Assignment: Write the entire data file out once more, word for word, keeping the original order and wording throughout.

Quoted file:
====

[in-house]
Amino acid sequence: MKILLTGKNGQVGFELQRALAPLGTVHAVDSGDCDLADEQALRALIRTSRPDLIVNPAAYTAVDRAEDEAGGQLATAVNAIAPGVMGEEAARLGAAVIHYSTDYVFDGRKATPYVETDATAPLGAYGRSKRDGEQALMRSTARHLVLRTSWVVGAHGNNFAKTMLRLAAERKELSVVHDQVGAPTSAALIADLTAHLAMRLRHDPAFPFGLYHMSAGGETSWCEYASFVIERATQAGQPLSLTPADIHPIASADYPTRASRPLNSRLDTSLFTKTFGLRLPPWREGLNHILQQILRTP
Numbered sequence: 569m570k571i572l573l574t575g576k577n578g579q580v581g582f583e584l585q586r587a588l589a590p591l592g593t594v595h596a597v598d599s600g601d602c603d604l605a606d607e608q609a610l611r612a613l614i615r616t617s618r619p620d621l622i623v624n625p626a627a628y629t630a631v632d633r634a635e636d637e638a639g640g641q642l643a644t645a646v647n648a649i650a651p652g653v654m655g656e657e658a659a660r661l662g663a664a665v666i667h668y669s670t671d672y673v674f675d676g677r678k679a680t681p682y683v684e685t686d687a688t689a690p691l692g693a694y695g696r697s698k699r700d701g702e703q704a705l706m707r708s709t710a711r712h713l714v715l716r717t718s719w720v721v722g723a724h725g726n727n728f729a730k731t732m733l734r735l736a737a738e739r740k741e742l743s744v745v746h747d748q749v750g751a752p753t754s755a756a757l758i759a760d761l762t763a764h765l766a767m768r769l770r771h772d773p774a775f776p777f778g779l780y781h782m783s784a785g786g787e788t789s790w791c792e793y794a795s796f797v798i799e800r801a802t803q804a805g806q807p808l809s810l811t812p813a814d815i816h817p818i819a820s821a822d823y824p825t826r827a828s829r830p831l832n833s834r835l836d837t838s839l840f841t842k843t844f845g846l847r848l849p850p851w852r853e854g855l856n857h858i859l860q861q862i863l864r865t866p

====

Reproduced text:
[in-house]
Amino acid sequence: MKILLTGKNGQVGFELQRALAPLGTVHAVDSGDCDLADEQALRALIRTSRPDLIVNPAAYTAVDRAEDEAGGQLATAVNAIAPGVMGEEAARLGAAVIHYSTDYVFDGRKATPYVETDATAPLGAYGRSKRDGEQALMRSTARHLVLRTSWVVGAHGNNFAKTMLRLAAERKELSVVHDQVGAPTSAALIADLTAHLAMRLRHDPAFPFGLYHMSAGGETSWCEYASFVIERATQAGQPLSLTPADIHPIASADYPTRASRPLNSRLDTSLFTKTFGLRLPPWREGLNHILQQILRTP
Numbered sequence: 569m570k571i572l573l574t575g576k577n578g579q580v581g582f583e584l585q586r587a588l589a590p591l592g593t594v595h596a597v598d599s600g601d602c603d604l605a606d607e608q609a610l611r612a613l614i615r616t617s618r619p620d621l622i623v624n625p626a627a628y629t630a631v632d633r634a635e636d637e638a639g640g641q642l643a644t645a646v647n648a649i650a651p652g653v654m655g656e657e658a659a660r661l662g663a664a665v666i667h668y669s670t671d672y673v674f675d676g677r678k679a680t681p682y683v684e685t686d687a688t689a690p691l692g693a694y695g696r697s698k699r700d701g702e703q704a705l706m707r708s709t710a711r712h713l714v715l716r717t718s719w720v721v722g723a724h725g726n727n728f729a730k731t732m733l734r735l736a737a738e739r740k741e742l743s744v745v746h747d748q749v750g751a752p753t754s755a756a757l758i759a760d761l762t763a764h765l766a767m768r769l770r771h772d773p774a775f776p777f778g779l780y781h782m783s784a785g786g787e788t789s790w791c792e793y794a795s796f797v798i799e800r801a802t803q804a805g806q807p808l809s810l811t812p813a814d815i816h817p818i819a820s821a822d823y824p825t826r827a828s829r830p831l832n833s834r835l836d837t838s839l840f841t842k843t844f845g846l847r848l849p850p851w852r853e854g855l856n857h858i859l860q861q862i863l864r865t866p